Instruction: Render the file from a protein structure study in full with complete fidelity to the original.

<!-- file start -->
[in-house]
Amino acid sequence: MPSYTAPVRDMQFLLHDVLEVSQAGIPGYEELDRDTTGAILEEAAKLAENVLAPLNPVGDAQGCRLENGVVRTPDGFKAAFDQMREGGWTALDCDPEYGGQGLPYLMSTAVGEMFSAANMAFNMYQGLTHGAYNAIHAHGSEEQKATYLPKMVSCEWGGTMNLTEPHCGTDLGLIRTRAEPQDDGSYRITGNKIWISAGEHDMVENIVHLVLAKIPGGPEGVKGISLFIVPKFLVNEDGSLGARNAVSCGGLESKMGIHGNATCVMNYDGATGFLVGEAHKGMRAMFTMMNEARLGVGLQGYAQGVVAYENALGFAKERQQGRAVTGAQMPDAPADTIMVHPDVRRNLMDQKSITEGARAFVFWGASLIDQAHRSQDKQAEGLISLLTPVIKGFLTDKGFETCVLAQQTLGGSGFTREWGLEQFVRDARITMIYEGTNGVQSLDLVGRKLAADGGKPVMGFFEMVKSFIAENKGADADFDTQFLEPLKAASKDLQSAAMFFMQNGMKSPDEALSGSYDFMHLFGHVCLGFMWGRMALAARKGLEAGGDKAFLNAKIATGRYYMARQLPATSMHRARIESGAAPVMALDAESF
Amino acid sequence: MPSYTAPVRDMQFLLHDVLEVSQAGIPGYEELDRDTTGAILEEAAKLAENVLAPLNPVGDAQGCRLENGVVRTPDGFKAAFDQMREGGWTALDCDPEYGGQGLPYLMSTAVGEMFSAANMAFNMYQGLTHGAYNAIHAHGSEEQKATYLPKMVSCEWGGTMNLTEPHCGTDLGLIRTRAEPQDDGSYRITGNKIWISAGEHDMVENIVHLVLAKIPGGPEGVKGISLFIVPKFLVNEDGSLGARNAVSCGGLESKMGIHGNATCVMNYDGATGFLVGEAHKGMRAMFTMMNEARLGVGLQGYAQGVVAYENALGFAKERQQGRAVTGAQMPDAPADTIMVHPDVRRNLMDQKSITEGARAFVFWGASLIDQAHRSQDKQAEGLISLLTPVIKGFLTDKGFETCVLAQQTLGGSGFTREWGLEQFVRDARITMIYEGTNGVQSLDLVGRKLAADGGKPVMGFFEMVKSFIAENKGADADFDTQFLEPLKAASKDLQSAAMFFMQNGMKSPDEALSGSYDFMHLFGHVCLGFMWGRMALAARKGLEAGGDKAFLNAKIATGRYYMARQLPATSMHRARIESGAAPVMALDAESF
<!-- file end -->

[in-house]
Amino acid sequence: MPSYTAPVRDMQFLLHDVLEVSQAGIPGYEELDRDTTGAILEEAAKLAENVLAPLNPVGDAQGCRLENGVVRTPDGFKAAFDQMREGGWTALDCDPEYGGQGLPYLMSTAVGEMFSAANMAFNMYQGLTHGAYNAIHAHGSEEQKATYLPKMVSCEWGGTMNLTEPHCGTDLGLIRTRAEPQDDGSYRITGNKIWISAGEHDMVENIVHLVLAKIPGGPEGVKGISLFIVPKFLVNEDGSLGARNAVSCGGLESKMGIHGNATCVMNYDGATGFLVGEAHKGMRAMFTMMNEARLGVGLQGYAQGVVAYENALGFAKERQQGRAVTGAQMPDAPADTIMVHPDVRRNLMDQKSITEGARAFVFWGASLIDQAHRSQDKQAEGLISLLTPVIKGFLTDKGFETCVLAQQTLGGSGFTREWGLEQFVRDARITMIYEGTNGVQSLDLVGRKLAADGGKPVMGFFEMVKSFIAENKGADADFDTQFLEPLKAASKDLQSAAMFFMQNGMKSPDEALSGSYDFMHLFGHVCLGFMWGRMALAARKGLEAGGDKAFLNAKIATGRYYMARQLPATSMHRARIESGAAPVMALDAESF
Amino acid sequence: MPSYTAPVRDMQFLLHDVLEVSQAGIPGYEELDRDTTGAILEEAAKLAENVLAPLNPVGDAQGCRLENGVVRTPDGFKAAFDQMREGGWTALDCDPEYGGQGLPYLMSTAVGEMFSAANMAFNMYQGLTHGAYNAIHAHGSEEQKATYLPKMVSCEWGGTMNLTEPHCGTDLGLIRTRAEPQDDGSYRITGNKIWISAGEHDMVENIVHLVLAKIPGGPEGVKGISLFIVPKFLVNEDGSLGARNAVSCGGLESKMGIHGNATCVMNYDGATGFLVGEAHKGMRAMFTMMNEARLGVGLQGYAQGVVAYENALGFAKERQQGRAVTGAQMPDAPADTIMVHPDVRRNLMDQKSITEGARAFVFWGASLIDQAHRSQDKQAEGLISLLTPVIKGFLTDKGFETCVLAQQTLGGSGFTREWGLEQFVRDARITMIYEGTNGVQSLDLVGRKLAADGGKPVMGFFEMVKSFIAENKGADADFDTQFLEPLKAASKDLQSAAMFFMQNGMKSPDEALSGSYDFMHLFGHVCLGFMWGRMALAARKGLEAGGDKAFLNAKIATGRYYMARQLPATSMHRARIESGAAPVMALDAESF